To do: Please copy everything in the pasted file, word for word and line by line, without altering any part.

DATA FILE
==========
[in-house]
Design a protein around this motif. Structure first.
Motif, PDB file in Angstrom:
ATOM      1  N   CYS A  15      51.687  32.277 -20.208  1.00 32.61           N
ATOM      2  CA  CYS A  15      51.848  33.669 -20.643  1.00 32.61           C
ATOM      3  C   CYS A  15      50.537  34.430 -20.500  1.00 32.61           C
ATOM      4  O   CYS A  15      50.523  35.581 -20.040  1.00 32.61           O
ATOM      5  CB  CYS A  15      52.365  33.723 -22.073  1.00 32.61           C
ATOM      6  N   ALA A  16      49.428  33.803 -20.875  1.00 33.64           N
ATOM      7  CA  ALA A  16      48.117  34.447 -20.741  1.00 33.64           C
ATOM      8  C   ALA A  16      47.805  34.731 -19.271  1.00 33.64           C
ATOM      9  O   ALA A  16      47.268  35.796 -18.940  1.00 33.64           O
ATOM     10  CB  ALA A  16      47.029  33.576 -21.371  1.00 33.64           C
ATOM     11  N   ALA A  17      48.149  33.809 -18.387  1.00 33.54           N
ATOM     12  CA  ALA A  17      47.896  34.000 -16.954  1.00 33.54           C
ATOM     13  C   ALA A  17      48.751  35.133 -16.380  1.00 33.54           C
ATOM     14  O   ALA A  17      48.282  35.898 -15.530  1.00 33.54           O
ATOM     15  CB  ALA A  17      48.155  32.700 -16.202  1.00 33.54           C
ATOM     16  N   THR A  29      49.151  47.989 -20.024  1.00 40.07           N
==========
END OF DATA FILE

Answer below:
[in-house]
Design a protein around this motif. Structure first.
Motif, PDB file in Angstrom:
ATOM      1  N   CYS A  15      51.687  32.277 -20.208  1.00 32.61           N
ATOM      2  CA  CYS A  15      51.848  33.669 -20.643  1.00 32.61           C
ATOM      3  C   CYS A  15      50.537  34.430 -20.500  1.00 32.61           C
ATOM      4  O   CYS A  15      50.523  35.581 -20.040  1.00 32.61           O
ATOM      5  CB  CYS A  15      52.365  33.723 -22.073  1.00 32.61           C
ATOM      6  N   ALA A  16      49.428  33.803 -20.875  1.00 33.64           N
ATOM      7  CA  ALA A  16      48.117  34.447 -20.741  1.00 33.64           C
ATOM      8  C   ALA A  16      47.805  34.731 -19.271  1.00 33.64           C
ATOM      9  O   ALA A  16      47.268  35.796 -18.940  1.00 33.64           O
ATOM     10  CB  ALA A  16      47.029  33.576 -21.371  1.00 33.64           C
ATOM     11  N   ALA A  17      48.149  33.809 -18.387  1.00 33.54           N
ATOM     12  CA  ALA A  17      47.896  34.000 -16.954  1.00 33.54           C
ATOM     13  C   ALA A  17      48.751  35.133 -16.380  1.00 33.54           C
ATOM     14  O   ALA A  17      48.282  35.898 -15.530  1.00 33.54           O
ATOM     15  CB  ALA A  17      48.155  32.700 -16.202  1.00 33.54           C
ATOM     16  N   THR A  29      49.151  47.989 -20.024  1.00 40.07           N